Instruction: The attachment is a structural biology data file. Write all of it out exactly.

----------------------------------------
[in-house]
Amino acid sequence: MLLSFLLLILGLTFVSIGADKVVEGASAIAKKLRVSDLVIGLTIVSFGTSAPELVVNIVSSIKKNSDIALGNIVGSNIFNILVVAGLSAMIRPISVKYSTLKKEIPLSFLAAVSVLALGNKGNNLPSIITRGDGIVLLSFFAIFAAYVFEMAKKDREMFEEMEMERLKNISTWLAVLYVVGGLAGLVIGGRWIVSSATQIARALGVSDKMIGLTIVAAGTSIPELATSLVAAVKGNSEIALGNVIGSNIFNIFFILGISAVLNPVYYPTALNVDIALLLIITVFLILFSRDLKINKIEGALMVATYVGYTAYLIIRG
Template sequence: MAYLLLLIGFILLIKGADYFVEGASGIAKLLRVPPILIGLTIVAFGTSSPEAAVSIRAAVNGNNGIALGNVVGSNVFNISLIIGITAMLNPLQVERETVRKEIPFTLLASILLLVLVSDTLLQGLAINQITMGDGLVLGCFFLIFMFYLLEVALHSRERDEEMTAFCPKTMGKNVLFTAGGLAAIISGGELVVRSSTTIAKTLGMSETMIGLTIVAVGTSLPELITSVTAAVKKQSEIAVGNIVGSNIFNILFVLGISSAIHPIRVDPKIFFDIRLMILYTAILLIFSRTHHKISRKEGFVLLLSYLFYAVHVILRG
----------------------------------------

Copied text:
[in-house]
Amino acid sequence: MLLSFLLLILGLTFVSIGADKVVEGASAIAKKLRVSDLVIGLTIVSFGTSAPELVVNIVSSIKKNSDIALGNIVGSNIFNILVVAGLSAMIRPISVKYSTLKKEIPLSFLAAVSVLALGNKGNNLPSIITRGDGIVLLSFFAIFAAYVFEMAKKDREMFEEMEMERLKNISTWLAVLYVVGGLAGLVIGGRWIVSSATQIARALGVSDKMIGLTIVAAGTSIPELATSLVAAVKGNSEIALGNVIGSNIFNIFFILGISAVLNPVYYPTALNVDIALLLIITVFLILFSRDLKINKIEGALMVATYVGYTAYLIIRG
Template sequence: MAYLLLLIGFILLIKGADYFVEGASGIAKLLRVPPILIGLTIVAFGTSSPEAAVSIRAAVNGNNGIALGNVVGSNVFNISLIIGITAMLNPLQVERETVRKEIPFTLLASILLLVLVSDTLLQGLAINQITMGDGLVLGCFFLIFMFYLLEVALHSRERDEEMTAFCPKTMGKNVLFTAGGLAAIISGGELVVRSSTTIAKTLGMSETMIGLTIVAVGTSLPELITSVTAAVKKQSEIAVGNIVGSNIFNILFVLGISSAIHPIRVDPKIFFDIRLMILYTAILLIFSRTHHKISRKEGFVLLLSYLFYAVHVILRG